Andrew Hardy was educated in England, France and Australia (PhD, Australian National University, 1999). He heads the Hanoi centre of the École française d’Extrême-Orient (EFEO), where his research and teaching focuses on Vietnamese migration, ethnic relations in Southeast Asia and the history of Champa and Central Vietnam. His first book – Red Hills: Migrants and the State in the Highlands of Vietnam (NIAS Press, 2003) was awarded the Harry J. Benda Prize for Non-Fiction on Southeast Asia by the Asian Studies Association (2005). Since 2005, with Nguyen Tien Dong (Vietnam Institute of Archaeology), he has co-directed a multi-disciplinary project on the Long Wall of Quang Ngai, a 127 km frontier built in 1819, designated a national monument in 2011.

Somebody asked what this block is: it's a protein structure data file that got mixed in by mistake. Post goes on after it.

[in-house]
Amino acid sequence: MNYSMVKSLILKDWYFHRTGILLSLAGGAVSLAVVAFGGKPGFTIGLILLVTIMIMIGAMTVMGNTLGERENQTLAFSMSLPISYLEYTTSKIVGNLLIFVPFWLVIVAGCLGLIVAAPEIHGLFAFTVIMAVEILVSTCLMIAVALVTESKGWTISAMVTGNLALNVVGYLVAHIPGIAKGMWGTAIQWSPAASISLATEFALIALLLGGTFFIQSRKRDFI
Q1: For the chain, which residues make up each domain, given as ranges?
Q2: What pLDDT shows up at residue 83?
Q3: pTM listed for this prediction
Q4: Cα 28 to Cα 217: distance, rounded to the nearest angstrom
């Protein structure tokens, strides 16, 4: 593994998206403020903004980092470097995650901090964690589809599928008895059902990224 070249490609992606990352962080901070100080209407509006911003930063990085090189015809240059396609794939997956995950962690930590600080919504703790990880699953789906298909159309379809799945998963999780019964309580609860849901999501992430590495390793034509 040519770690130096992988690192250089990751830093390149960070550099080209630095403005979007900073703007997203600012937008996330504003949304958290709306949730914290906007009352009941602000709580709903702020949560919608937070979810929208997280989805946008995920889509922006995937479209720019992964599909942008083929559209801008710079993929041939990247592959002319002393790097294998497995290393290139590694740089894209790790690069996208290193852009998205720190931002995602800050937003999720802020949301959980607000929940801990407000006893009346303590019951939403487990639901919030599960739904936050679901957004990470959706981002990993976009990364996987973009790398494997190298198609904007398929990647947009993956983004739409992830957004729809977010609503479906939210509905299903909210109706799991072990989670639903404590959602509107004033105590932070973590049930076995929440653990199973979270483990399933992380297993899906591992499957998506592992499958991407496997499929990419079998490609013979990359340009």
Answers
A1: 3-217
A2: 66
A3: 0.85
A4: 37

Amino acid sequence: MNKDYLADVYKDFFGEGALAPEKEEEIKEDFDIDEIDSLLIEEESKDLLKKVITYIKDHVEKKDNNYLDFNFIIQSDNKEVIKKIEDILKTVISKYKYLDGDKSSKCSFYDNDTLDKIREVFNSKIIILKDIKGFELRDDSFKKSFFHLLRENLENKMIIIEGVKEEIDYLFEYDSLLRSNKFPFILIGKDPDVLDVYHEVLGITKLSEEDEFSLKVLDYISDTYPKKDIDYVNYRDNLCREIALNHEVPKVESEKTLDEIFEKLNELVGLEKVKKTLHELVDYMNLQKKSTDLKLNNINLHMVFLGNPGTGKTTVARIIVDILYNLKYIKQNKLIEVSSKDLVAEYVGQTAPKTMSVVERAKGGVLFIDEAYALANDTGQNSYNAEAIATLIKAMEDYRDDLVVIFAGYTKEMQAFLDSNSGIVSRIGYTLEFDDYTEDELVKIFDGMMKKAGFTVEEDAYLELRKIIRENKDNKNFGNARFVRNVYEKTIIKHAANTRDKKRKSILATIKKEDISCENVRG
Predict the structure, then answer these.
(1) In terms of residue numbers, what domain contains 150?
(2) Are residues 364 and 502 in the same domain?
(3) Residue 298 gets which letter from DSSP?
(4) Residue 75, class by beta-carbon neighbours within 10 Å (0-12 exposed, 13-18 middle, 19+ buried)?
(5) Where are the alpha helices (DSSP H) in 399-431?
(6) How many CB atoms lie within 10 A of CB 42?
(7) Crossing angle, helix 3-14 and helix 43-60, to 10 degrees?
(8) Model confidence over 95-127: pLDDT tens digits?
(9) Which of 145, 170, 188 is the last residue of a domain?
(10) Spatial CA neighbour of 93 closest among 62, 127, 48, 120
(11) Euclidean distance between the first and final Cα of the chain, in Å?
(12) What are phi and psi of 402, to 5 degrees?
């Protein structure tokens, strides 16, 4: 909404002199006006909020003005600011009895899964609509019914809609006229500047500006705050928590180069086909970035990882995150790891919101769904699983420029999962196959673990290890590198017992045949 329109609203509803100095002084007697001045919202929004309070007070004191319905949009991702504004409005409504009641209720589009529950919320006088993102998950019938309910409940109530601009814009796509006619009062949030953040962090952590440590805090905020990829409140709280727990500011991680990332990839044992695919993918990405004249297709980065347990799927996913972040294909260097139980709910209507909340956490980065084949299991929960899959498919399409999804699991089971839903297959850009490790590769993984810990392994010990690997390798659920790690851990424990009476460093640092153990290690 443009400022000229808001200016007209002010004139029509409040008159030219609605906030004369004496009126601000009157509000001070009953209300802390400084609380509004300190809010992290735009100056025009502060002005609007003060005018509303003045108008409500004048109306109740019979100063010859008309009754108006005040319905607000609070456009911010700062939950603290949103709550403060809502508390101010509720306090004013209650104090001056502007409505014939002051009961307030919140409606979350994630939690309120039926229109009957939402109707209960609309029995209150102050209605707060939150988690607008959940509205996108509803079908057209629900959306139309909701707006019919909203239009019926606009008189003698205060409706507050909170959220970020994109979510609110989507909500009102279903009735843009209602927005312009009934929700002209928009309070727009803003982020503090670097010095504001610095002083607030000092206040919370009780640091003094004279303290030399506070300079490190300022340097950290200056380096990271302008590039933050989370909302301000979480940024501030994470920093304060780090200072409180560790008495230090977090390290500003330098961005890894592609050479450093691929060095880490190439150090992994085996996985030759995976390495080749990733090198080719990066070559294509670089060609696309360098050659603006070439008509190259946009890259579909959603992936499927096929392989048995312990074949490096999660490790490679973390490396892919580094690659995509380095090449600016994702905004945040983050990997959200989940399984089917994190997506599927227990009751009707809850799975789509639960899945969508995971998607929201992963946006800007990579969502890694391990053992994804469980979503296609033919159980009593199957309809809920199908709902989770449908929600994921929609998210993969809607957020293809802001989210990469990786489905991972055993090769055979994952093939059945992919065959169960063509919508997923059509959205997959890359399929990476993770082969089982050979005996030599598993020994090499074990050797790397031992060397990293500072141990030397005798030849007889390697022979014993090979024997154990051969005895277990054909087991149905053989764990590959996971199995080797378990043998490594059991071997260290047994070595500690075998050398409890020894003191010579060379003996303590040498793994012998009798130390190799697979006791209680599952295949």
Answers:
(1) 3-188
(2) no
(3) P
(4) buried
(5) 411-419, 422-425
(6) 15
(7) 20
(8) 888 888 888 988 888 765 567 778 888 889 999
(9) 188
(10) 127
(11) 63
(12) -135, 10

Project Summary

The Son Ha Incident in Central Vietnam

An event of mass violence that took place in 1950 on the banks of the Hrê River (Quang Ngai province, central Vietnam) is the subject of research conducted for CRISEA by historian Andrew Hardy and anthropologist Dao The Duc. Known variously as the Son Ha Incident and the Hrê Revolt, approximately 2000 ethnic Viet inhabitants of the district of Son Ha were killed by their ethnic Hrê neighbours in the space of a few days. The research has three aims. First, to establish the facts of the event. Second, to shed light on the local historical context that led to the violence. Third, to explore the impact of memory of the event on twenty-first-century ethnic relations and political culture. The data sources include interviews (in Quang Ngai) and archives (in Vietnam and France). The results of the research will provide a case study for use in comparative analysis of violence, trauma and identity in Southeast Asia.